Several Major League Baseball players with Puerto Rican backgrounds, including Boston Red Sox manager Alex Cora, Houston Astros shortstop Carlos Correa and retired player Carlos Beltran, urged protesters to continue until Rosselló resigned.

While the text messages certainly sparked the recent protests, social tensions on the island have long been reaching a boiling point. The deep austerity measures implemented in the aftermath of the 2008 financial crash created devastating economic and social conditions. Millions have suffered from poverty and unemployment, education and social services have been run into the ground, and workers’ pensions and wages have been brutally attacked. The Obama administration in particular played a decisive role in financially strangling the Puerto Rican working class with the PROMESA Act, which created the Financial Oversight & Management Board—a virtual dictatorship of the banks.

The systematic undermining of public infrastructure left the population vulnerable to Hurricane Maria in 2017, which wiped out large sections of the US territory, killing thousands of people. Completely unprepared for the disaster, the island suffered a blackout that lasted for eleven months, unprecedented in modern US history. The working class suffered the hardest blow. Without access to basic necessities, such as health care, sanitation, transportation, communication, education and employment, thousands needlessly died.

The real death toll, according to a Harvard University study, was closer to 5,000, nearly 80 times the official toll of 64 admitted by Rossello and the Trump administration. After the release of the 2018 study, the government revised its count to 2,975.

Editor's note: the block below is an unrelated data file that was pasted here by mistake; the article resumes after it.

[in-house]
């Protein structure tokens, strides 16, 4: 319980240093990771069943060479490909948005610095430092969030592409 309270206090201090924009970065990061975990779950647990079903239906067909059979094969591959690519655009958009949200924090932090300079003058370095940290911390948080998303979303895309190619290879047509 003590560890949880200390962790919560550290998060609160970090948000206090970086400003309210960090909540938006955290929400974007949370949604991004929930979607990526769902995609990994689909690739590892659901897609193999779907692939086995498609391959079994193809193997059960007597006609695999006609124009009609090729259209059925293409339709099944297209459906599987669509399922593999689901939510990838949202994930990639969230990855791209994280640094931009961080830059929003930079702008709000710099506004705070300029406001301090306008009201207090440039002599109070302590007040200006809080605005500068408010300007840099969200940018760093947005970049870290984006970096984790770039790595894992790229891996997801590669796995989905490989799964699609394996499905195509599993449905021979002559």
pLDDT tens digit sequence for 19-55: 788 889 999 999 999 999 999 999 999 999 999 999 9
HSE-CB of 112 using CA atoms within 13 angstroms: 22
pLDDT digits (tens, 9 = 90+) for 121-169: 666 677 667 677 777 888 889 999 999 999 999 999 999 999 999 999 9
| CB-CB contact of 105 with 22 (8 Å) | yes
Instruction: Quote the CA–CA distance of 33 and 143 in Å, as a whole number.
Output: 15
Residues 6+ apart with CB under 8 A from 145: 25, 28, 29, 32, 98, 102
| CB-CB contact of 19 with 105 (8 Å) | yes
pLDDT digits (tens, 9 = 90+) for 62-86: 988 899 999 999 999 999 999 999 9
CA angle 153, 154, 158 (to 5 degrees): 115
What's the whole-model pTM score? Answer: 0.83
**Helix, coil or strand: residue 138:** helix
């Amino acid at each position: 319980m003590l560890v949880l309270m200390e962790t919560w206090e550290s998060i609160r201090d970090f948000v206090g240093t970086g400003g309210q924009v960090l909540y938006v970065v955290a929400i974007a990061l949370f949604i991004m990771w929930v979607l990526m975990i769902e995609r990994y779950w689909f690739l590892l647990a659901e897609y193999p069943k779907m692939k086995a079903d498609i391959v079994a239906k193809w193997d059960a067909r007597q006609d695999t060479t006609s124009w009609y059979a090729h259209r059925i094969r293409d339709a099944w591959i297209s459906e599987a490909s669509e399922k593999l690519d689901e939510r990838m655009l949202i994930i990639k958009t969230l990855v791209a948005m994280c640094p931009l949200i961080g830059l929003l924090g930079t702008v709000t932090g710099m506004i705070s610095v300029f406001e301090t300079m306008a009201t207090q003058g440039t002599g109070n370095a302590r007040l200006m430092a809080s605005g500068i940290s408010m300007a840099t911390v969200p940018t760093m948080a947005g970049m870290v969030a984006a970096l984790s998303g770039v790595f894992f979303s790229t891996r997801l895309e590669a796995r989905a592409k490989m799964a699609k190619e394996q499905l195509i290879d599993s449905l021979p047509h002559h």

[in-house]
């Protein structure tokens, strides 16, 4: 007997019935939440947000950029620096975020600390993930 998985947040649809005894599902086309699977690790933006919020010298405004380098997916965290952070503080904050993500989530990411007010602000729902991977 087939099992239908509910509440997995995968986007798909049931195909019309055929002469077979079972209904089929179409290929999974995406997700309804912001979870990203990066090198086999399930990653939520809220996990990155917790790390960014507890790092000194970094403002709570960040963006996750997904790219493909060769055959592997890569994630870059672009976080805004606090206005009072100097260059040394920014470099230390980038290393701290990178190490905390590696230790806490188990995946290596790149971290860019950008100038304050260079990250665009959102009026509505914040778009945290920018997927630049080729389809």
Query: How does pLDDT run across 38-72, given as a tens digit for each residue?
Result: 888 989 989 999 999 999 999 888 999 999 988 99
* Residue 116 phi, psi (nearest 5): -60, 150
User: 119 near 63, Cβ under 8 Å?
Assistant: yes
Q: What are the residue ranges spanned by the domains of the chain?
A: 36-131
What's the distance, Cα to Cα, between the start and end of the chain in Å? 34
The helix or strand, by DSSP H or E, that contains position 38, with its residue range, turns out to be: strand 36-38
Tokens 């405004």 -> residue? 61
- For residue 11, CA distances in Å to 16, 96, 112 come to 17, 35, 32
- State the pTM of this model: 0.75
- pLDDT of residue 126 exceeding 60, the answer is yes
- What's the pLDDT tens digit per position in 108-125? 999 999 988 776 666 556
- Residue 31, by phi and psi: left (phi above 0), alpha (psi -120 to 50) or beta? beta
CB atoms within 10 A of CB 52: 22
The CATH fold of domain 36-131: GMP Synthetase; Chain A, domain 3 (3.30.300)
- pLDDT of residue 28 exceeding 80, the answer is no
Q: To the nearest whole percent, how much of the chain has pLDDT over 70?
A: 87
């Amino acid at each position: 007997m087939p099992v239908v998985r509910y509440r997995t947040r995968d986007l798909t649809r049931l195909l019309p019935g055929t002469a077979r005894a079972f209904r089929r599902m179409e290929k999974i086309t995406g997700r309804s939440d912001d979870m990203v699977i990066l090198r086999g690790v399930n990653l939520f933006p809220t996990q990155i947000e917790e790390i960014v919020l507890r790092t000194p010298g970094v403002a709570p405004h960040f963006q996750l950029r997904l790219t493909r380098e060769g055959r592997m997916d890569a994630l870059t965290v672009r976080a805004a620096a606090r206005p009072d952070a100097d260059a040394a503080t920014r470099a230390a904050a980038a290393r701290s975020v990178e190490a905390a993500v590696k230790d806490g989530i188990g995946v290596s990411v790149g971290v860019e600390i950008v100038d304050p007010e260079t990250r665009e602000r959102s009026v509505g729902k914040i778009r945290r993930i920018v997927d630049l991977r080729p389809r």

The Rosselló government, working hand in hand with the Trump administration and the Democratic Party, took the opportunity to implement long-standing plans, including sweeping privatizations, the shuttering of dozens of schools, the looting of pensions, and other brutal austerity measures.

The leaked text scandal comes just days after the island’s former Secretary of Education Julia Keleher and others in the administration were arrested in an FBI probe. The officials are being indicted on charges of laundering $15.5 million of federal money between 2017 and 2019. Keleher was responsible for closing over 263 public schools—20 percent of the island’s public schools—and replacing them with charter schools, which were illegal until 2018.

This provoked strikes and mass protests by teachers, parents and students against Keleher who has close ties to Trump’s education secretary, Betsy DeVos. Keleher referred to the island’s education system as a “laboratory” to test the DeVos’ model of promoting private school vouchers and charter schools while she closed 20 percent of the island’s public schools and laid off 5,000 teachers.

Just days before the text messages were leaked it was announced that Puerto Rico’s $124 billion “debt restructuring plan” is in its final stages. The plan, designed to squeeze as much money as possible from the working class, targets the already looted pension system, slashing 39 percent of retiree pensions throughout the island. Current employees will be moved to a private insurance plan. However, this proposal does not go far enough for the island’s creditors, who are preparing to challenge the plan in the courts to demand even further measures be taken.

The Democrats in the US and on the island are trying to limit the protests to calls for Rosselló’s resignation and an “end of corruption.” But the entire political and corporate establishment is responsible for the systematic looting of public assets in Puerto Rico. In fact, Rosselló’s predecessor hired former federal judge Steven Rhodes, who oversaw Obama’s 2013 bankruptcy restructuring of Detroit and the gutting of pensions and privatization of public assets.

Rosselló’s group texts reveal the contempt and hatred of the working class shared by every section of the corporate and financial elite and their political servants.